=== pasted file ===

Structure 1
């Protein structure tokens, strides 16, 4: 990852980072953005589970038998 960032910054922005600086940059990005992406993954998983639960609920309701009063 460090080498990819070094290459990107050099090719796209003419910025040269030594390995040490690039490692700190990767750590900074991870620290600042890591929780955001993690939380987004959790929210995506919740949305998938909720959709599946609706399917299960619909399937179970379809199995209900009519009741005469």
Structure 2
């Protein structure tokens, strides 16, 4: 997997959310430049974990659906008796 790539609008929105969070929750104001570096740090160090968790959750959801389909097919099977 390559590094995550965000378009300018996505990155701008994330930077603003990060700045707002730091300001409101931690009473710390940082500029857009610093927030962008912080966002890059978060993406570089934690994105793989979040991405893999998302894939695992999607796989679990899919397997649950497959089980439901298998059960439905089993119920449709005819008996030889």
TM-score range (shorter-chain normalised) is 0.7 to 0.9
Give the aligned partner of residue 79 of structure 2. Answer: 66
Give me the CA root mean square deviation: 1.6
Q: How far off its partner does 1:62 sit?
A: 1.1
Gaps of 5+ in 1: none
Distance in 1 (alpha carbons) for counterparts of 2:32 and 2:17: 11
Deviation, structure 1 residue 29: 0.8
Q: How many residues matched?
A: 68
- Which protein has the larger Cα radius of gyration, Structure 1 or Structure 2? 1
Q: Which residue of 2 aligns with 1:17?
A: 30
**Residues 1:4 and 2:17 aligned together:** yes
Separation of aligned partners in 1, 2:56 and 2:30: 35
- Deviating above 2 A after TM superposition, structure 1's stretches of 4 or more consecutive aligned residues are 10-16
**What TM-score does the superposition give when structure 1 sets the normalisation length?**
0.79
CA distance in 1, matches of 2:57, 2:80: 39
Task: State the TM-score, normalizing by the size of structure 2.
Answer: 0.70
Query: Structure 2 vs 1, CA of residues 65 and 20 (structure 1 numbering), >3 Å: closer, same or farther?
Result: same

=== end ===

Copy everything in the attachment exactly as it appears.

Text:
Structure 1
């Protein structure tokens, strides 16, 4: 990852980072953005589970038998 960032910054922005600086940059990005992406993954998983639960609920309701009063 460090080498990819070094290459990107050099090719796209003419910025040269030594390995040490690039490692700190990767750590900074991870620290600042890591929780955001993690939380987004959790929210995506919740949305998938909720959709599946609706399917299960619909399937179970379809199995209900009519009741005469």
Structure 2
């Protein structure tokens, strides 16, 4: 997997959310430049974990659906008796 790539609008929105969070929750104001570096740090160090968790959750959801389909097919099977 390559590094995550965000378009300018996505990155701008994330930077603003990060700045707002730091300001409101931690009473710390940082500029857009610093927030962008912080966002890059978060993406570089934690994105793989979040991405893999998302894939695992999607796989679990899919397997649950497959089980439901298998059960439905089993119920449709005819008996030889």
TM-score range (shorter-chain normalised) is 0.7 to 0.9
Give the aligned partner of residue 79 of structure 2. Answer: 66
Give me the CA root mean square deviation: 1.6
Q: How far off its partner does 1:62 sit?
A: 1.1
Gaps of 5+ in 1: none
Distance in 1 (alpha carbons) for counterparts of 2:32 and 2:17: 11
Deviation, structure 1 residue 29: 0.8
Q: How many residues matched?
A: 68
- Which protein has the larger Cα radius of gyration, Structure 1 or Structure 2? 1
Q: Which residue of 2 aligns with 1:17?
A: 30
**Residues 1:4 and 2:17 aligned together:** yes
Separation of aligned partners in 1, 2:56 and 2:30: 35
- Deviating above 2 A after TM superposition, structure 1's stretches of 4 or more consecutive aligned residues are 10-16
**What TM-score does the superposition give when structure 1 sets the normalisation length?**
0.79
CA distance in 1, matches of 2:57, 2:80: 39
Task: State the TM-score, normalizing by the size of structure 2.
Answer: 0.70
Query: Structure 2 vs 1, CA of residues 65 and 20 (structure 1 numbering), >3 Å: closer, same or farther?
Result: same